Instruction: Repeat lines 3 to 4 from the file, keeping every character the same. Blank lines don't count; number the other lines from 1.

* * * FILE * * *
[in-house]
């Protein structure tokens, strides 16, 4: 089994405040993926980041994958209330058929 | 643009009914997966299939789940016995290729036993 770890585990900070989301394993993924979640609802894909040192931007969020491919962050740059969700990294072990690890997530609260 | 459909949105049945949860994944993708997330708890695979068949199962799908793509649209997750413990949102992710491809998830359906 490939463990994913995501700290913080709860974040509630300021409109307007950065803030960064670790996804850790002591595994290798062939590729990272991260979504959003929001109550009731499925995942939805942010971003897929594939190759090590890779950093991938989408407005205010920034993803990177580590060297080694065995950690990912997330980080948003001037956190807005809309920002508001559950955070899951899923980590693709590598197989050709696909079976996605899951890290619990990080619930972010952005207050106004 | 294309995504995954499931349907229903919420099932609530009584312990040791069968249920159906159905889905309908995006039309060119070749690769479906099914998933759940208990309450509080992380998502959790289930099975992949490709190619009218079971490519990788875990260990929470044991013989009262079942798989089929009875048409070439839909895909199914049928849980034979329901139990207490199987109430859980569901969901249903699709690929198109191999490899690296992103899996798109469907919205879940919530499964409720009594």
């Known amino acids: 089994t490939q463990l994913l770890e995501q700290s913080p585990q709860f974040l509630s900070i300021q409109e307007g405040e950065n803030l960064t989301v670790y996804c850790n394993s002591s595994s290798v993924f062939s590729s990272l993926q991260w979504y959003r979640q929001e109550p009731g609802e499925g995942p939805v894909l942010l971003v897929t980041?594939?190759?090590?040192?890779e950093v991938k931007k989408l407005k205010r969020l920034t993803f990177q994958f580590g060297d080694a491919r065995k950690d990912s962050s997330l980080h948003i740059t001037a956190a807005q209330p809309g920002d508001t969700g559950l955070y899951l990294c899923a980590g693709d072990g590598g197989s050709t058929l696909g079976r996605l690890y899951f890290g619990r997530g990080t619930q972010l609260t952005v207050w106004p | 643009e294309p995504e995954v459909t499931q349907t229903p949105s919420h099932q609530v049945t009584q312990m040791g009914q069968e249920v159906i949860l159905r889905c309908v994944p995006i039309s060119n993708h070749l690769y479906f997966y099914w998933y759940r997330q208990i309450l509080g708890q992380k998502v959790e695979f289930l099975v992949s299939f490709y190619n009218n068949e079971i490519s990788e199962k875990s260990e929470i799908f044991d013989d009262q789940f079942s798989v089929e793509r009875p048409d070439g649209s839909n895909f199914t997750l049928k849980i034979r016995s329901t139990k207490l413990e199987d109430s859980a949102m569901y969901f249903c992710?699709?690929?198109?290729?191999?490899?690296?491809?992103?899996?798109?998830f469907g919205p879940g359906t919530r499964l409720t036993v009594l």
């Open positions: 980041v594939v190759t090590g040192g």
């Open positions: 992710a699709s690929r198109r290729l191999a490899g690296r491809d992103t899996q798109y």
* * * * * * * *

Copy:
């Known amino acids: 089994t490939q463990l994913l770890e995501q700290s913080p585990q709860f974040l509630s900070i300021q409109e307007g405040e950065n803030l960064t989301v670790y996804c850790n394993s002591s595994s290798v993924f062939s590729s990272l993926q991260w979504y959003r979640q929001e109550p009731g609802e499925g995942p939805v894909l942010l971003v897929t980041?594939?190759?090590?040192?890779e950093v991938k931007k989408l407005k205010r969020l920034t993803f990177q994958f580590g060297d080694a491919r065995k950690d990912s962050s997330l980080h948003i740059t001037a956190a807005q209330p809309g920002d508001t969700g559950l955070y899951l990294c899923a980590g693709d072990g590598g197989s050709t058929l696909g079976r996605l690890y899951f890290g619990r997530g990080t619930q972010l609260t952005v207050w106004p | 643009e294309p995504e995954v459909t499931q349907t229903p949105s919420h099932q609530v049945t009584q312990m040791g009914q069968e249920v159906i949860l159905r889905c309908v994944p995006i039309s060119n993708h070749l690769y479906f997966y099914w998933y759940r997330q208990i309450l509080g708890q992380k998502v959790e695979f289930l099975v992949s299939f490709y190619n009218n068949e079971i490519s990788e199962k875990s260990e929470i799908f044991d013989d009262q789940f079942s798989v089929e793509r009875p048409d070439g649209s839909n895909f199914t997750l049928k849980i034979r016995s329901t139990k207490l413990e199987d109430s859980a949102m569901y969901f249903c992710?699709?690929?198109?290729?191999?490899?690296?491809?992103?899996?798109?998830f469907g919205p879940g359906t919530r499964l409720t036993v009594l």
């Open positions: 980041v594939v190759t090590g040192g």